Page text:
HomeStudent LifeOpen campuses prove harder to protect

Open campuses prove harder to protect

Megan Nicholson

Staff Writer

Tragedy struck at the University of Texas in Austin in April, 2016 when a freshman girl disappeared while walking to her dorm after a night class. She was later found dead on campus.

UT Austin is an open campus, which means the public can come onto and be around the campus at any time. Many college campuses are open campuses because the schools like to include the public in all the activities.

TJC has a lanyard policy, which requires students to wear their lanyard everywhere they go on campus. If a student gets caught without it, they will get one warning and just get a day pass but if the student gets caught anymore after that they will receive a ticket.

There isn’t much more an open campus can do for safety because the college has visitors every day. Whether it’s people checking out the school to see if they want to attend or members of the public participating in campus activities, strangers are everywhere.

“By letting people come onto the campus, it lets us to get to know our community,” said Randy Melton, Director of Campus Police and Adjunct Professor of Criminal Justice. “By doing so if you see something going on that doesn’t need to be, say something to the police. Other words if you see something, say something.”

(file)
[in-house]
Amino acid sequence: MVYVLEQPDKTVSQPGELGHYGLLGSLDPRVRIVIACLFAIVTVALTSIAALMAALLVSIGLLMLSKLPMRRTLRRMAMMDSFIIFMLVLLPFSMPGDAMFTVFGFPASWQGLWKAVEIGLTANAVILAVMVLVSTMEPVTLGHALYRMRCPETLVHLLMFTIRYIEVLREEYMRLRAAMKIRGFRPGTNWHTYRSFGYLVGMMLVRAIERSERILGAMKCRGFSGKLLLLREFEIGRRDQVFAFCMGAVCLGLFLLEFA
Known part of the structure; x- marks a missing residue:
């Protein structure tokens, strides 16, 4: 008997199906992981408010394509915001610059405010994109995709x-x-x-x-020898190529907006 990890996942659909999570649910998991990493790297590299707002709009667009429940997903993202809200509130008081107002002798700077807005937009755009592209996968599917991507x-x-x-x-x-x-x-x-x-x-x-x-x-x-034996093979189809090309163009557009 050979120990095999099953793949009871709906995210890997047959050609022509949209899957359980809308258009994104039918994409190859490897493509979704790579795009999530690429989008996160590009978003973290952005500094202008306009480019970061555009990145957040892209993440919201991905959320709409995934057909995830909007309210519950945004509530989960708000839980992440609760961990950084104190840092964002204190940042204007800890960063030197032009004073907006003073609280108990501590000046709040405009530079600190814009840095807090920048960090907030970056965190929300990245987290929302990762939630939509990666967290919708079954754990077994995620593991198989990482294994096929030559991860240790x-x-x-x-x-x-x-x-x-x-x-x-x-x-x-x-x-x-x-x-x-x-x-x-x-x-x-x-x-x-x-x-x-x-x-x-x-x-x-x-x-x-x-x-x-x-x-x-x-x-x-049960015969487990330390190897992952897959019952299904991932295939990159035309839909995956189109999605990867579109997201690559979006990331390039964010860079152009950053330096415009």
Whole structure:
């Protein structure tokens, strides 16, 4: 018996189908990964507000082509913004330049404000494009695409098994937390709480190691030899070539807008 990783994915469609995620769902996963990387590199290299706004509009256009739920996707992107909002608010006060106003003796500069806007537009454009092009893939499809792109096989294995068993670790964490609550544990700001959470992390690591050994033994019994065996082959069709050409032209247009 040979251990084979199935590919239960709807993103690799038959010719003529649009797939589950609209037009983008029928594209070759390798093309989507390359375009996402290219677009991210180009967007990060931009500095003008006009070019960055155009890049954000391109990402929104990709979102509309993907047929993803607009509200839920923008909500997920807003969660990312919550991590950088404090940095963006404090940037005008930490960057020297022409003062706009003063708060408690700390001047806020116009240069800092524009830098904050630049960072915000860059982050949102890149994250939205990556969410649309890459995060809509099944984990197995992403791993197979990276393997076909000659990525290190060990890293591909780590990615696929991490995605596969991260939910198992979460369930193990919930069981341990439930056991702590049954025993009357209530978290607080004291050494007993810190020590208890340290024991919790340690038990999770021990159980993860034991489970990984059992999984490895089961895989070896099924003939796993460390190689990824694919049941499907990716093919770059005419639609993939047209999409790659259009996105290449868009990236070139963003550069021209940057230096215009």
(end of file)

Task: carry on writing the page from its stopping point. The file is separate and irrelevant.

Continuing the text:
TJC also has two emergency blue phone poles, which is a phone that is used if anyone does not feel safe walking or if they need anything emergency related. These can be located by the tennis building and Ornelas dorms.

“I feel like we need at least two more emergency poles- more toward the library and by Crossroads dorms because when I’m walking by myself at night I don’t feel as safe as I should,” said Carlee Jo Childress, Nursing.

According to Chief Melton, TJC does not have any plans to put more on campus.

“We are balancing student safety with having community access every day because part of a great college experience is benefiting from tremendous amount of new experiences,” said Kim Lessner, Executive Director of Marketing, and Media Communications. “TJC was built by the community, it’s a community college. That means that TJC provides a service for the community because they had provided the college by their tax dollars so that we can build this fantastic campus and more. Activities involving the community such as the science center are very important. Yes it’s important for students to go through there but also our community. By welcoming the community they will come and get to see our students in actions and see their work.”

Melton does suggest some safety tips for everyone such as using the buddy system whenever students are traveling around campus by themselves, always be aware of your surroundings, and have your phone ready and know the TJC police emergency phone number.

As for the UT Austin case, on Friday, April 8 11:30 a.m., the Austin Police Department held a press conference announcing that Meechaiel Criner had been taken into custody and charged with first-degree felony murder. He is currently being held on $1 million bond.

TJC Campus Police Numbers

Emergency: 903.510.2222

Non-Emergency: 903.510.2258

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